B230 Organisational Informatics
Semester 2, 2000
Guidelines for Tutorial Presenters
1. You will present two “required” readings from the list of readings for your nominated week
during the semester. For some weeks, there are more than two required readings given
so you will have a choice. For most weeks, however, there are only two required readings
so you will not have a choice.
2. You will need to read at least one other reading from the “recommended” or “additional”
reading list for the week in which you are presenting.
3. If you are presenting in Week 2, you have a choice of any two required readings from
Topics 1 and 2 in the Reader. If you are presenting in any other week, you will present
two required readings from the Topic number that corresponds to the week in which you
are presenting (i.e. if your tutorial presentation is in Week 6, you will present both
required readings from Topic 6 - the Kiesler et al. and the Sutton readings).
4. You can assume that everyone in your tutorial group has read the required readings so
it’s not necessary to summarise them. Rather, you should review or critique each reading.
Highlight the main issues addressed in each reading and give your opinions on the
issues. Your opinions may agree or disagree with the author’s research. Support your
opinions, where possible, by referring to other literature or documented examples.
5. Include in your presentations some questions to stimulate comments from tutorial group
6. Prepare your presentation in a Word file or text file. Have the prepared file opened in one
window of your computer and the chat room in another window. Copy a paragraph at a
time from your prepared file and paste into the message field of the chat room window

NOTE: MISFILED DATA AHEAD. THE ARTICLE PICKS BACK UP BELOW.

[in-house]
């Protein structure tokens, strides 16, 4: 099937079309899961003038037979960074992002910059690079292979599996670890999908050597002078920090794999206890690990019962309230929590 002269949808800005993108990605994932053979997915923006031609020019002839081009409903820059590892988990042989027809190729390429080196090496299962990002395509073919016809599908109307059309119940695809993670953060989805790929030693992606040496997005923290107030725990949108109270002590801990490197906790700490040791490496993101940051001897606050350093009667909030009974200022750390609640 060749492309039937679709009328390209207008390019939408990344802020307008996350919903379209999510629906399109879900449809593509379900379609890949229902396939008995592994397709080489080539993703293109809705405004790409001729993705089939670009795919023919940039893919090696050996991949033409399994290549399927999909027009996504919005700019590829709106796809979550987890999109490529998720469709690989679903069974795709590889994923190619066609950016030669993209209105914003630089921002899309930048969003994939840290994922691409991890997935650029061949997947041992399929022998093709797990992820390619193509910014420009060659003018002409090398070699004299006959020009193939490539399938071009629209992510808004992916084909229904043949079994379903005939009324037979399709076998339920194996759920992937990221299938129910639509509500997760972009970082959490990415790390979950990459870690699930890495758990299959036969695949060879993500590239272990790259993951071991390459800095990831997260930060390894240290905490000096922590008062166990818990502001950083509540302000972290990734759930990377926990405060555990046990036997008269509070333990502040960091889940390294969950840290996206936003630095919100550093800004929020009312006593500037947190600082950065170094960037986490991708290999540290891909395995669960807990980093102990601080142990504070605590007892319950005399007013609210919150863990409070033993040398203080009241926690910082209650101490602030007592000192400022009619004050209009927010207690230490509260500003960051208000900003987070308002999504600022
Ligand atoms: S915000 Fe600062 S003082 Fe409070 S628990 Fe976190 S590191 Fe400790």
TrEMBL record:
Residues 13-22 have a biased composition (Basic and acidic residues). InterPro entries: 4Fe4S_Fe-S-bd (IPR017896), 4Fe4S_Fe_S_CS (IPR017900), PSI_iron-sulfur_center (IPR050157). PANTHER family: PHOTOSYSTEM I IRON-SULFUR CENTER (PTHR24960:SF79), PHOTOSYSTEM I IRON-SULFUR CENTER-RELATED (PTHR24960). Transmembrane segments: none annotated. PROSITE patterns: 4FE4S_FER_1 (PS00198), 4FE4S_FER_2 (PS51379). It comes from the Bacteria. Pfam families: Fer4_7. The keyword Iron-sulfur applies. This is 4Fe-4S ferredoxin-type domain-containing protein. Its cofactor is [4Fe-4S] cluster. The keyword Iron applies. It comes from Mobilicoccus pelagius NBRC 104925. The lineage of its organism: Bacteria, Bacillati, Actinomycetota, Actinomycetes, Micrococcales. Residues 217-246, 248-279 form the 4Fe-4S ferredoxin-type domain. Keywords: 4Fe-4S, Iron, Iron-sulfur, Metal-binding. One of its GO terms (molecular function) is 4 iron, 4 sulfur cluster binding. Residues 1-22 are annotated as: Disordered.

(where it says “Type your message below and press [enter]”).
7. Intersperse your comments with prepared questions to keep the group interested.
8. In addition to presenting your critique of the readings, you will need to moderate the
group discussions. This means that you will need to keep the discussions flowing and
coherent. If there is a lag in the discussions, you may need to ask another question; if too
many people want to “talk”, you may need to interrupt and stipulate an order. It is best to
ask a question of the whole group, however if you find that some group members are not
participating, you may need to address them individually in order to draw them into the
9. Aim to have about 15 minutes presentation and 45 minutes discussion. In the earlier
weeks while the environment is new, you may need to “talk” more than 15 minutes.
10. The weekly tutorial question for your journal does not have to be addressed in the tutorial
presentation. The weekly question is related to lecture and tutorial topics, and is intended
to be individual research. The emphasis in tutorial discussions is on the weekly readings.
If the tutorial question comes up in discussions, by all means allow discussion but not at
the expense of the tutorial readings.